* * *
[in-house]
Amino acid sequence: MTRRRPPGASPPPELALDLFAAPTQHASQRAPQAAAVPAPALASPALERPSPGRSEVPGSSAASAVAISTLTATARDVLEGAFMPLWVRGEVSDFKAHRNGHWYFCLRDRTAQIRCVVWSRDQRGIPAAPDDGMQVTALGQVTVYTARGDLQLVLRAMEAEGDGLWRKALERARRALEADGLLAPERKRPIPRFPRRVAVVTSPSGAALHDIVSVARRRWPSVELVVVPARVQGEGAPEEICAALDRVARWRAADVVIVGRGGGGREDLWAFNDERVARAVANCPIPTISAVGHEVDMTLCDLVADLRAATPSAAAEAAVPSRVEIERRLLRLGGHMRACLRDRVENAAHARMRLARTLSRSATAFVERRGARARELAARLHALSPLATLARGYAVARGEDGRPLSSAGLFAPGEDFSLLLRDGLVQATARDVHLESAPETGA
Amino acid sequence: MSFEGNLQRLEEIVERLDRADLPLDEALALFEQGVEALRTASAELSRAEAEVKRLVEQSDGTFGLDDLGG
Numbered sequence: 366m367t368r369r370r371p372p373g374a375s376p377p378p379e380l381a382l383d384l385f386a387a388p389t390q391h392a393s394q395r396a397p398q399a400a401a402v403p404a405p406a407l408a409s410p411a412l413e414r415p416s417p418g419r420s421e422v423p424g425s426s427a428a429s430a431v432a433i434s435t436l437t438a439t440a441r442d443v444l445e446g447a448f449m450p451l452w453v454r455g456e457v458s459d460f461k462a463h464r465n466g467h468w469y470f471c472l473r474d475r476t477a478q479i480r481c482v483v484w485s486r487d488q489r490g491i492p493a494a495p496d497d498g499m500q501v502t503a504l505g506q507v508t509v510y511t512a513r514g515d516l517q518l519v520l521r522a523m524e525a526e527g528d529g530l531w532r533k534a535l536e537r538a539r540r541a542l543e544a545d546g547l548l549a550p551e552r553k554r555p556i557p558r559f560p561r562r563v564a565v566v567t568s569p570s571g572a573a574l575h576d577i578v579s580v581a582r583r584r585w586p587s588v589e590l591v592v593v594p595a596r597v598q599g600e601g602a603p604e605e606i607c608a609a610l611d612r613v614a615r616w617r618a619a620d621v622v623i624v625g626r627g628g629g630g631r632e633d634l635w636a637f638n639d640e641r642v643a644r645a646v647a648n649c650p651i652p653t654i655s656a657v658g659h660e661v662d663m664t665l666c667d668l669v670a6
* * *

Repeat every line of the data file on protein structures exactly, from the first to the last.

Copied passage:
[in-house]
Amino acid sequence: MTRRRPPGASPPPELALDLFAAPTQHASQRAPQAAAVPAPALASPALERPSPGRSEVPGSSAASAVAISTLTATARDVLEGAFMPLWVRGEVSDFKAHRNGHWYFCLRDRTAQIRCVVWSRDQRGIPAAPDDGMQVTALGQVTVYTARGDLQLVLRAMEAEGDGLWRKALERARRALEADGLLAPERKRPIPRFPRRVAVVTSPSGAALHDIVSVARRRWPSVELVVVPARVQGEGAPEEICAALDRVARWRAADVVIVGRGGGGREDLWAFNDERVARAVANCPIPTISAVGHEVDMTLCDLVADLRAATPSAAAEAAVPSRVEIERRLLRLGGHMRACLRDRVENAAHARMRLARTLSRSATAFVERRGARARELAARLHALSPLATLARGYAVARGEDGRPLSSAGLFAPGEDFSLLLRDGLVQATARDVHLESAPETGA
Amino acid sequence: MSFEGNLQRLEEIVERLDRADLPLDEALALFEQGVEALRTASAELSRAEAEVKRLVEQSDGTFGLDDLGG
Numbered sequence: 366m367t368r369r370r371p372p373g374a375s376p377p378p379e380l381a382l383d384l385f386a387a388p389t390q391h392a393s394q395r396a397p398q399a400a401a402v403p404a405p406a407l408a409s410p411a412l413e414r415p416s417p418g419r420s421e422v423p424g425s426s427a428a429s430a431v432a433i434s435t436l437t438a439t440a441r442d443v444l445e446g447a448f449m450p451l452w453v454r455g456e457v458s459d460f461k462a463h464r465n466g467h468w469y470f471c472l473r474d475r476t477a478q479i480r481c482v483v484w485s486r487d488q489r490g491i492p493a494a495p496d497d498g499m500q501v502t503a504l505g506q507v508t509v510y511t512a513r514g515d516l517q518l519v520l521r522a523m524e525a526e527g528d529g530l531w532r533k534a535l536e537r538a539r540r541a542l543e544a545d546g547l548l549a550p551e552r553k554r555p556i557p558r559f560p561r562r563v564a565v566v567t568s569p570s571g572a573a574l575h576d577i578v579s580v581a582r583r584r585w586p587s588v589e590l591v592v593v594p595a596r597v598q599g600e601g602a603p604e605e606i607c608a609a610l611d612r613v614a615r616w617r618a619a620d621v622v623i624v625g626r627g628g629g630g631r632e633d634l635w636a637f638n639d640e641r642v643a644r645a646v647a648n649c650p651i652p653t654i655s656a657v658g659h660e661v662d663m664t665l666c667d668l669v670a6